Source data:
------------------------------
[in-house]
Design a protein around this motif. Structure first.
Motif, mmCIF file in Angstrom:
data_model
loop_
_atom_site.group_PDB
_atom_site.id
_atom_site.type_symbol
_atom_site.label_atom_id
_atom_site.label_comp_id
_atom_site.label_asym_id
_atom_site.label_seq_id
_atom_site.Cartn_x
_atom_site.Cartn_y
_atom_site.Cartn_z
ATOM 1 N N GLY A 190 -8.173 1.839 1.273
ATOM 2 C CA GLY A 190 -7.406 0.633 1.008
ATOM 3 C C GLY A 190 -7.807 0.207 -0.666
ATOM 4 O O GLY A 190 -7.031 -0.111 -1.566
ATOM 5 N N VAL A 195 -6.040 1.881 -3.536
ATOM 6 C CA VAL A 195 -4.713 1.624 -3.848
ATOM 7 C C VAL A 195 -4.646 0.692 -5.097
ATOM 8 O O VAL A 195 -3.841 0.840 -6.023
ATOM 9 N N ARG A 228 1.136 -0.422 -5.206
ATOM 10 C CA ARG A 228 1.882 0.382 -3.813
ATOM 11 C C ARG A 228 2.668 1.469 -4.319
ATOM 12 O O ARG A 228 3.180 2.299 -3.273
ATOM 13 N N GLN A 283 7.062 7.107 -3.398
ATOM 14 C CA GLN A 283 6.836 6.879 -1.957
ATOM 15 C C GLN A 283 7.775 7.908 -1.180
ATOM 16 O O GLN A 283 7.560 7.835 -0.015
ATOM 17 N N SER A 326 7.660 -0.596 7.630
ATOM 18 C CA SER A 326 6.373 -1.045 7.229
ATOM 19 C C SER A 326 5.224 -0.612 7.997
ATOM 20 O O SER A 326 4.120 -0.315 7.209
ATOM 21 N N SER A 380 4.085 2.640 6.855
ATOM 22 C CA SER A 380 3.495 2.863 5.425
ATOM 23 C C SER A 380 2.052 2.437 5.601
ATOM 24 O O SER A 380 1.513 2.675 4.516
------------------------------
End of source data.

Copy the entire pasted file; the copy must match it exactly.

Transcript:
[in-house]
Design a protein around this motif. Structure first.
Motif, mmCIF file in Angstrom:
data_model
loop_
_atom_site.group_PDB
_atom_site.id
_atom_site.type_symbol
_atom_site.label_atom_id
_atom_site.label_comp_id
_atom_site.label_asym_id
_atom_site.label_seq_id
_atom_site.Cartn_x
_atom_site.Cartn_y
_atom_site.Cartn_z
ATOM 1 N N GLY A 190 -8.173 1.839 1.273
ATOM 2 C CA GLY A 190 -7.406 0.633 1.008
ATOM 3 C C GLY A 190 -7.807 0.207 -0.666
ATOM 4 O O GLY A 190 -7.031 -0.111 -1.566
ATOM 5 N N VAL A 195 -6.040 1.881 -3.536
ATOM 6 C CA VAL A 195 -4.713 1.624 -3.848
ATOM 7 C C VAL A 195 -4.646 0.692 -5.097
ATOM 8 O O VAL A 195 -3.841 0.840 -6.023
ATOM 9 N N ARG A 228 1.136 -0.422 -5.206
ATOM 10 C CA ARG A 228 1.882 0.382 -3.813
ATOM 11 C C ARG A 228 2.668 1.469 -4.319
ATOM 12 O O ARG A 228 3.180 2.299 -3.273
ATOM 13 N N GLN A 283 7.062 7.107 -3.398
ATOM 14 C CA GLN A 283 6.836 6.879 -1.957
ATOM 15 C C GLN A 283 7.775 7.908 -1.180
ATOM 16 O O GLN A 283 7.560 7.835 -0.015
ATOM 17 N N SER A 326 7.660 -0.596 7.630
ATOM 18 C CA SER A 326 6.373 -1.045 7.229
ATOM 19 C C SER A 326 5.224 -0.612 7.997
ATOM 20 O O SER A 326 4.120 -0.315 7.209
ATOM 21 N N SER A 380 4.085 2.640 6.855
ATOM 22 C CA SER A 380 3.495 2.863 5.425
ATOM 23 C C SER A 380 2.052 2.437 5.601
ATOM 24 O O SER A 380 1.513 2.675 4.516